Saturday, January 25, 2014

Ash Can Potatoes




Ash can potatoes.
We've been staying warm by the fire,
trying to keep down the heating bills by using our wood burner.
 Every so often my husband empties out the ashes 
into a trash container used specifically for this purpose.
We then set the container on the concrete courtyard 
until we need to empty out the ashes again.


You'll see there are still some very hot coals in here too.
It was nearing lunch time so I thought why not take advantage
of these coals to cook our potatoes 
rather than preheating the oven for 10 minutes or so
plus bake time for the taters.


I washed the potatoes and double wrapped them in foil.


Set them in the can and covered them with some of the coals.
Then I  put the lid on the container and pulled up the handle.
 I turned them after a half hour, making sure to stir the coals.


When I tested them, they were done.


We ended up with plenty of potatoes for lunch,
tender and hot enough to melt some delicious butter.  
I avoided using the oven and it was little to no work at all.
Good eats!



15 comments:

Lisa said...

What a great idea! I need to buy a metal trash can to put my fireplace ashes in. This is so neat!

Mrs. Mac said...

I love to use the heat from our wood stove too. Have been baking bread inside of a Dutch oven .. placed inside of the wood stove. Comes out like artisan bread. Look at those steamy lush potatoes! Yummy

Corn in my Coffee-Pot said...

Kathy-
I LOVE THIS!
I have lived in this house 18 winters...I've cooked on top of my wood stove..and wanted to cook on the inside, but never put much effort into figuring out.
This idea...has been the greatest one so far!
Now...I'm wondering if you could make (no P.C. sorry...) HOBO DINNERS? You know, like a pork chop and potatoes w/onion or bell pepper or carrot and celery on the inside of one of these pouches?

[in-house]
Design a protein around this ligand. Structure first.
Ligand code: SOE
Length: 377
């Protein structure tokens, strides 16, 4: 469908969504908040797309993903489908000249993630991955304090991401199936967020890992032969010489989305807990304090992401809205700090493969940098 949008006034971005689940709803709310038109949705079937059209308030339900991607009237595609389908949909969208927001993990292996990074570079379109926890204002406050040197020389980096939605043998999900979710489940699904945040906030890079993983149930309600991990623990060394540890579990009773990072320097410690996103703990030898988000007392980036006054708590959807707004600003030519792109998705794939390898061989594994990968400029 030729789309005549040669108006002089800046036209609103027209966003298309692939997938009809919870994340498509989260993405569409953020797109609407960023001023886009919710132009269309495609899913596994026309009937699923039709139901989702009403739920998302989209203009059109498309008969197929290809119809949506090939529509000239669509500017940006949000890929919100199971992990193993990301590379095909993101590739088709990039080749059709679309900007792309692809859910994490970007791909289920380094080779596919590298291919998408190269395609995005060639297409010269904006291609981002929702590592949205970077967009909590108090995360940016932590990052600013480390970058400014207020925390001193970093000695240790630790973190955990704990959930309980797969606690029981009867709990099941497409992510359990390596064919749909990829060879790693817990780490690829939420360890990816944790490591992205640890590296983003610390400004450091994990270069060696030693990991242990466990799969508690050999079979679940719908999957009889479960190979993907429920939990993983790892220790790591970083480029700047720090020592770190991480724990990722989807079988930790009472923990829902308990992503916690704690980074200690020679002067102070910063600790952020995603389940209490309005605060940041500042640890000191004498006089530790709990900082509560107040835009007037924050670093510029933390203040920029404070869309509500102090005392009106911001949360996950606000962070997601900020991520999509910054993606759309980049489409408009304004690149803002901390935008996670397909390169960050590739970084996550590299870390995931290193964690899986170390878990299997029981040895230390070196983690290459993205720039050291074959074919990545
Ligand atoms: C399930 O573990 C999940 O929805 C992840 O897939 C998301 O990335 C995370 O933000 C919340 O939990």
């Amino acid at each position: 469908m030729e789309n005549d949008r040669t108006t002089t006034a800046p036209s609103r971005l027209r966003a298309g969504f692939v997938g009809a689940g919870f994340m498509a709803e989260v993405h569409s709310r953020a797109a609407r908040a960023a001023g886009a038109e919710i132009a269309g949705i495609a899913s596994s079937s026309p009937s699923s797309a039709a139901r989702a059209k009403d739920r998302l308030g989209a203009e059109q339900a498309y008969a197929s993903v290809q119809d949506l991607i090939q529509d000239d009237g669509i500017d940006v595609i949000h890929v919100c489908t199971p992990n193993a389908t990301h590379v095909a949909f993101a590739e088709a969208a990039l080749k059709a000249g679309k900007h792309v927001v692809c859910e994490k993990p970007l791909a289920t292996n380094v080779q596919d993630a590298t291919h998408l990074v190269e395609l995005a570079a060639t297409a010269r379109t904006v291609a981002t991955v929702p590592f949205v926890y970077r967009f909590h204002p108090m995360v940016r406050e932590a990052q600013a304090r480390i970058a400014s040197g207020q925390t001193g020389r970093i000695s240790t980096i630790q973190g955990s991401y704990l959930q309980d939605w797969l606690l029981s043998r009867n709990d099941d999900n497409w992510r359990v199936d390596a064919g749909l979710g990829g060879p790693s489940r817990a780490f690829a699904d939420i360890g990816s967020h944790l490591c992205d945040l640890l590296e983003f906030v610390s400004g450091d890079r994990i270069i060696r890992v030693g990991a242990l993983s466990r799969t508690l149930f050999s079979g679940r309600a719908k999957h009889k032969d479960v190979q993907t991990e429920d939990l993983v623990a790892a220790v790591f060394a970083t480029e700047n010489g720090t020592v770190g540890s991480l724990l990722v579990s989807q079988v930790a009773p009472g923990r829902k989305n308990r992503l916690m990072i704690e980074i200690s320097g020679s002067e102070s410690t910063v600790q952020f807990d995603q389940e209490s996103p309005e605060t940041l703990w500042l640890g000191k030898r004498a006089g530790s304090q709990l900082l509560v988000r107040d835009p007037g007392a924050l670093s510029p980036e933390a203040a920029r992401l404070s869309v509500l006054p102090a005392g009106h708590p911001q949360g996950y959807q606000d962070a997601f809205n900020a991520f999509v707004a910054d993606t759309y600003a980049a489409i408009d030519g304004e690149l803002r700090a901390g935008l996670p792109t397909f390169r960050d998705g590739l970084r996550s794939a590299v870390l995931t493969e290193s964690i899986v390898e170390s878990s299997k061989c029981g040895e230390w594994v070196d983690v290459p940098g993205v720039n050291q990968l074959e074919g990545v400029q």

I definitely want to try this.
Pat

Gorges Smythe said...

Good job!

Kathy Felsted Usher said...

I think you could cook a lot of things this way, especially if you had more coals than I did. I'd get a really nice metal can, good quality. And- make sure no kids can get to it.

Cooking inside our wood stove? Wow, I wonder if we have enough room in ours, not sure. We have an old cast iron topped real wood kitchen stove but never hooked it up. The top is cracked but it's a beauty and some day I'd love to get it working.

Harry Flashman said...

That's a good use of what you have on hand. We are buttoned up here, with all the vents and flu's shut. If propane starts to run short and we can't resupply with gas, we'll go to the wood burning stoves and the fireplace.

Sunnybrook Farm said...

Sounds like a neat way to cook potatoes if the power was off, good thing to know!

LindaG said...

That is a great idea. Maybe I can wrap some potatoes in foil and stick them in the bottom of the fireplace next time we have a fire. :-)

Have a wonderful Sunday! ♥

Kathy Felsted Usher said...

We're all electric here except our cook stove which runs on small tanks of propane. Here they are saying we have supply but price is going up due to demand. Many out here use propane for heat.

Manny said...

They look delicious! Now I want a baked potato

The OffGrid Homemaker said...

I am so trying this! Thanks for the idea!

Kathy Felsted Usher said...

I just found out that my mom's friend cooks an entire turkey in her ashcan, has for several years now. She is supposed to send directions.

Mamahen said...

Finally got to read this...they sound great, but I don't have a wood burner or fireplace..but when wr first moved here we had no utilities for a few months. I learned to cook many things on/in an open fire, even in the rain..Haven't had to in snow...YET.

Powell River Books said...

Good idea. When we have the woodstove going, I wrap the potatoes and set them on the little shelf inside the glass door. I push the wood and coals towards the back of the fire box to keep the potatoes from getting too hot and burning. I use tongs to turn them several times as they cook. I've even cooked bread this way, but you have to be very careful about getting the fire too hot (or cold). - Margy

Bev said...

you clever girl!